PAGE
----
Saturday and my luck turned. I was back at the computer shop fixing my still broken computer and money was bleeding from my wallet. I was forced to drive right down town, into the nether regions of congested Kampala and to a place that I have never ventured by myself in the car. It was stretching the boundaries of my bravery so I did what is only possible in the great country of Uganda. I hailed down a Boda driver and paid him to drive to the scary place so that I could follow him. I did exactly the same thing on the way out of the maze of downtown streets and good thing too or I might have found myself half way to Entebbe Airport.  I also pulled another great Ugandan trick and rather than risking another drive back downtown to retrieve said computer, I had it delivered to me by the technician on a Boda Boda. It is so easy to be a princess here.

Saturday night and a prospective car buyer was followed by a delicious Thai meal.

And Sunday: Mother’s Day found me enjoying a manicure, a brunch with my daughters and an afternoon of friendship, champagne and sushi pool side.

And then it all went fish faced Sunday night when my computer broke again.

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Transitions

I was terribly spoilt living with Handsome Husband. Since he had the car and the flexible work hours he did all the grocery shopping, all the hard labour ( collecting portable gas for the stove, charcoal for the live in help), all the car maintenance, all the bureaucracy  ( car insurance, bill payments, banking), and all the driving. Now it is my job and quite frankly I feel a little daunted by the task. The last time we were separated for any considerable length of time was in Montreal when he left for Trinidad, 5 months before us. But that was easy compared to this. I was in my home, with my comforts, my friends, my easy routine, my grocery store I could walk to, my on line banking, my smooth roads.

Now, plenty of people do it. I know a fabulously brave woman who moved to Kampala as a single mother of two children, works full time and has recently adopted a third child. I am not in her league of braveness but perhaps I am braver than I think. I had been regretting my lack of independence in Kampala and now I will get it back in spades. How often do married people ever get a chance to live alone? A couple tends to grow dependant on each other and a separation helps us to stretch our independent muscles and go it alone. I have a rare chance to experience the independent single life, (although without all its benefits.) Most people, unless they marry a soldier in the oversees forces, barely have a day or two alone. And here I get three whole months.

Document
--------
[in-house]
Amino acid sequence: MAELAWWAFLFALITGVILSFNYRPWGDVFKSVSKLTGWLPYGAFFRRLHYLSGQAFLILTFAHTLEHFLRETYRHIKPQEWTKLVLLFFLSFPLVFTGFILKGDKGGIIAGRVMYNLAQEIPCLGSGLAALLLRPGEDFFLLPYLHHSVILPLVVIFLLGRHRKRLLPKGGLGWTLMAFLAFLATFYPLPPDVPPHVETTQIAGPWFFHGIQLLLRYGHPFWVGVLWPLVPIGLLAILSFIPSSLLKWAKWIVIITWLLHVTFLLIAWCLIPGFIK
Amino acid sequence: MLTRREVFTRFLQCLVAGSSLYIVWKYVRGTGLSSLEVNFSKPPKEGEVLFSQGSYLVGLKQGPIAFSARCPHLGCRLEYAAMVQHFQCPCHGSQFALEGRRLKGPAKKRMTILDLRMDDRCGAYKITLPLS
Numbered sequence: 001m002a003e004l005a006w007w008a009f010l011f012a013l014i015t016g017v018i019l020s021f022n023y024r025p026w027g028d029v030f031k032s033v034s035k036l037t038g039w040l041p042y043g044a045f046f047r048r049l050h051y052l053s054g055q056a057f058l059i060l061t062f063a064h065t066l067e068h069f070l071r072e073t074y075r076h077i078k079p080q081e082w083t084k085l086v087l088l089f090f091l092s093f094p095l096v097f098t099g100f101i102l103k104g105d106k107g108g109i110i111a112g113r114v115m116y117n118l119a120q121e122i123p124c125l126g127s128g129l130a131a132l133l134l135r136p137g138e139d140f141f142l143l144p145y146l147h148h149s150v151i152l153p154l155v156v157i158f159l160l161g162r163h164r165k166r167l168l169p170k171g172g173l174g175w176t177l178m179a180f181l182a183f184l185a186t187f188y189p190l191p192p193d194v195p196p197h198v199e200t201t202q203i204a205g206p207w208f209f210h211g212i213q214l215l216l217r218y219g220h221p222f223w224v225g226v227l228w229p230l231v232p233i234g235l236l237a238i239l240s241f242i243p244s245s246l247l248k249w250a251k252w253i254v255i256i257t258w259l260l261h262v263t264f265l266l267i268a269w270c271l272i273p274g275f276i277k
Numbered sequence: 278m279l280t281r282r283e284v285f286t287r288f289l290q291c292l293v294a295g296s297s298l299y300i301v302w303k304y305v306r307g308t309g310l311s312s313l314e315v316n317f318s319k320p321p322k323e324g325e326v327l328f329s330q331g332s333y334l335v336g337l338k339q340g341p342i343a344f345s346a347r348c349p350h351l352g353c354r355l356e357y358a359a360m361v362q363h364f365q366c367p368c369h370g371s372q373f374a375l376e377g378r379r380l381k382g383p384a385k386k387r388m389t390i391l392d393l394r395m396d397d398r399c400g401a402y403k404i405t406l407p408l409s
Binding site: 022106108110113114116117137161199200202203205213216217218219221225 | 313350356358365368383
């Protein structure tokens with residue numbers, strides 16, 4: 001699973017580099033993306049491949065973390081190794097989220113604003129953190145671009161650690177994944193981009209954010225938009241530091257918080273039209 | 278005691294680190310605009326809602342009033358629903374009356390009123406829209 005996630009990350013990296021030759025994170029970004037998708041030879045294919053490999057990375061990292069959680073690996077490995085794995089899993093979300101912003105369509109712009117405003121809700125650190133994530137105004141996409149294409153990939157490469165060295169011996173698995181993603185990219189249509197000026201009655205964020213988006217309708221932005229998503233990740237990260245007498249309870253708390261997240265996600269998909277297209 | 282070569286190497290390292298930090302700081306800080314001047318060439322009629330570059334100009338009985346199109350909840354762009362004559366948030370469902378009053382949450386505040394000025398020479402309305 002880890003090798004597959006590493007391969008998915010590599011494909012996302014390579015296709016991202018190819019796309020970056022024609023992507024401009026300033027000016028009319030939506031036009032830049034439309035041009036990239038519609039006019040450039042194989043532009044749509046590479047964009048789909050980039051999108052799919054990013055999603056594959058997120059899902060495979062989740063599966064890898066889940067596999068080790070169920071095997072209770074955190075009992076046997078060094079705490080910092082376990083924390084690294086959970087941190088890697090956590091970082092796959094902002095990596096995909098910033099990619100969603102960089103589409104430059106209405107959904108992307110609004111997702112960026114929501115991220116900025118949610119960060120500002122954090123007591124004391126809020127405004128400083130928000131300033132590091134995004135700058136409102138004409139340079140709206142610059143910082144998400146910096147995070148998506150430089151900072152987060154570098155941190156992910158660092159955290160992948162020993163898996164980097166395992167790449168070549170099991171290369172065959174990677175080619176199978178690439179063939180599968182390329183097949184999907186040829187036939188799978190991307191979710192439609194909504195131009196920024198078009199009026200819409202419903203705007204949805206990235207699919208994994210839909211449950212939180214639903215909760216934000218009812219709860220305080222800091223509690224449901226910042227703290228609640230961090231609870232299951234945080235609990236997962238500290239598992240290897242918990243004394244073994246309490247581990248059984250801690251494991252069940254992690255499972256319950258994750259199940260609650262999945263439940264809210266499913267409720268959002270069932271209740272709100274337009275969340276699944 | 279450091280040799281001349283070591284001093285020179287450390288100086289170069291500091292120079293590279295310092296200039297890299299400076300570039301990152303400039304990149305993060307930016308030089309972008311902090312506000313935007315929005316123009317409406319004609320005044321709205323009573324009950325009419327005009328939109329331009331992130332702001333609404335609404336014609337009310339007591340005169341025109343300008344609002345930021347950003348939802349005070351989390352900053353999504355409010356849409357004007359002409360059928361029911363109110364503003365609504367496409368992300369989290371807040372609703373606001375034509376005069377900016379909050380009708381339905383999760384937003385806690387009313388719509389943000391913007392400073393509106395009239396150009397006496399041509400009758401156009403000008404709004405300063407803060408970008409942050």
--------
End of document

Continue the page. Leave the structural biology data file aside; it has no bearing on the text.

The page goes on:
Still I will miss him. And worry. What sort of cosmic miss-timing sends a person to Bahrain to start a new job the day before Martial Law is declared?

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Brave Driving With George

Clap your hands! I am doing a whole lot of driving these days. A lot of night driving, especially. It’s a bit silly really that I am even asking you to clap. Many people drive, many times and when I act all self satisfied as I climb out of my car they look at me like, really, what is the big deal? However, despite my seemingly brave new take on life in the fast lane, I am still terrified and each time I get into the car I hold my breath, clench the wheel while leaning forward and play very loud George Michael. I look like George Michael trying to avoid the police. Except I am not stoned and there are no dodgy boys in the back of the car. Shame really.

Anyway what makes it so scary is that there are no street lights. So I have to use my full beams, try to dodge those super sized pot holes, people riding bikes with no lights, goats, cows, stray dogs and people crossing the road. While doing all this I also have to cross two lanes of traffic (lots of extra breath holding there) and use my white-knuckle-hope to get me home. In a strange Mad Max way I am starting to enjoy it; it makes me feel brave.

Some girls really are brave.  They camp alone with their two sons, they build canoes, and they drive to the market, park and then walk through the myriad of stalls looking for Turkey.   I am trying to be brave, but not really there yet. But I am terribly proud of myself for at least climbing into the car (It is a high climb; ripped my fave jeans once…) and getting home all in one piece.

Pathetic but brave.